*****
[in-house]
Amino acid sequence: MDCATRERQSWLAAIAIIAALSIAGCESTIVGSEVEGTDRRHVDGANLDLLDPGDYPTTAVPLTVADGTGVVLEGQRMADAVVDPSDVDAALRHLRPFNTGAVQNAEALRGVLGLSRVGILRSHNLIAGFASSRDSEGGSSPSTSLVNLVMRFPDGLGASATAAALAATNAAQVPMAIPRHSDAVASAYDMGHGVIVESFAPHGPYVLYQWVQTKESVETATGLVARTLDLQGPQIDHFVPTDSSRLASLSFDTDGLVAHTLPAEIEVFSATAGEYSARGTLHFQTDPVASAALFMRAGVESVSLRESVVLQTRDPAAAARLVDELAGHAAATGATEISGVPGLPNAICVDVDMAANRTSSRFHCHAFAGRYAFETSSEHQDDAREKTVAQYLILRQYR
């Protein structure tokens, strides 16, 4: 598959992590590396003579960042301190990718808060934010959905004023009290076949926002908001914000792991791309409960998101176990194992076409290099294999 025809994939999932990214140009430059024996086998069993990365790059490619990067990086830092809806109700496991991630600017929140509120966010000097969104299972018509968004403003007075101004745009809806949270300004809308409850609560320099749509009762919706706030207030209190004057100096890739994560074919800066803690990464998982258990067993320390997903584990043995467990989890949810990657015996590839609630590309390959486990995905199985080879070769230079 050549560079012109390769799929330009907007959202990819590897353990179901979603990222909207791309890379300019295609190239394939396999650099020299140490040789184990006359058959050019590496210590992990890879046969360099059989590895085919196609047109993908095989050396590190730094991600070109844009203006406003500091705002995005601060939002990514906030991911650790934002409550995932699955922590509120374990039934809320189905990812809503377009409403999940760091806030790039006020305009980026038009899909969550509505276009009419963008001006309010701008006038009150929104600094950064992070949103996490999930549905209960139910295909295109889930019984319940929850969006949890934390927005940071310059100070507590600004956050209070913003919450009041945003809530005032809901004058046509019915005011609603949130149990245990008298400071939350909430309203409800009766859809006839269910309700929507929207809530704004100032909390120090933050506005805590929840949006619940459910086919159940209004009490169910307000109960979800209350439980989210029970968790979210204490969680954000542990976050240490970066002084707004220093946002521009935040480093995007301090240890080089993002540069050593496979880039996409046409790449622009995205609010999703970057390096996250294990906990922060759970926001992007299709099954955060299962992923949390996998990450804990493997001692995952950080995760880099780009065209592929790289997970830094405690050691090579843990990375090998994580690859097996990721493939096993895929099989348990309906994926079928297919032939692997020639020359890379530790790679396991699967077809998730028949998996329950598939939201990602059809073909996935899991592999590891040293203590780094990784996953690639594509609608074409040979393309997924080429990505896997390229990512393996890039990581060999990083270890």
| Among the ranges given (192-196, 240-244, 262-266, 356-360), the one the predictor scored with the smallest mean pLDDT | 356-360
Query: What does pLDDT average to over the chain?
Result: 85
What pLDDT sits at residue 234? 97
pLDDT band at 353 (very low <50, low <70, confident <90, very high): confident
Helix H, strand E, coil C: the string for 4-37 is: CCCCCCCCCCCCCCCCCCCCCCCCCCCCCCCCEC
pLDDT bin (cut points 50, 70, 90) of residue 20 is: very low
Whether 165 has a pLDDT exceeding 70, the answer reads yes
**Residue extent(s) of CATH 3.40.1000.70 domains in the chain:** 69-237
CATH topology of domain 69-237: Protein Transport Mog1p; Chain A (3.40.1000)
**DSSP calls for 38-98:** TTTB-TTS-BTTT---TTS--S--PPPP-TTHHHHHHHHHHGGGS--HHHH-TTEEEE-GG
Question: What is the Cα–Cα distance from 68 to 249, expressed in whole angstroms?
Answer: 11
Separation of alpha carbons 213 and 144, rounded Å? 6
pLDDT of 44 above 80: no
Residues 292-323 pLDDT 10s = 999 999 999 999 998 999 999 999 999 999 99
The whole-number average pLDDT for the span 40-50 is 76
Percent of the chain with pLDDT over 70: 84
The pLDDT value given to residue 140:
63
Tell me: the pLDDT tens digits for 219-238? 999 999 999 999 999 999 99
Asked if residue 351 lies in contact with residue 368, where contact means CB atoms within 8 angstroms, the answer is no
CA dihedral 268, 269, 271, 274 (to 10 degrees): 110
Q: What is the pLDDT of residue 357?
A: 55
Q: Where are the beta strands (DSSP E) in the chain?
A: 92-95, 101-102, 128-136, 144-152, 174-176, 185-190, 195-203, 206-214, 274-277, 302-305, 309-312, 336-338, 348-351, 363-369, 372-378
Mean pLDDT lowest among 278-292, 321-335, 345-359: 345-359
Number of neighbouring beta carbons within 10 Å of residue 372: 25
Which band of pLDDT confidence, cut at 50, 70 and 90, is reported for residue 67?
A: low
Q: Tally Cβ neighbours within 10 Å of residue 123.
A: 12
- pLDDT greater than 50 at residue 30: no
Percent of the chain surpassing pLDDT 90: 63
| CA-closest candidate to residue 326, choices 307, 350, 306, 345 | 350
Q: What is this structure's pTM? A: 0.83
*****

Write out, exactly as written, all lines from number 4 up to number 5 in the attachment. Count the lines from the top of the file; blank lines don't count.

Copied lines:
| Among the ranges given (192-196, 240-244, 262-266, 356-360), the one the predictor scored with the smallest mean pLDDT | 356-360
Query: What does pLDDT average to over the chain?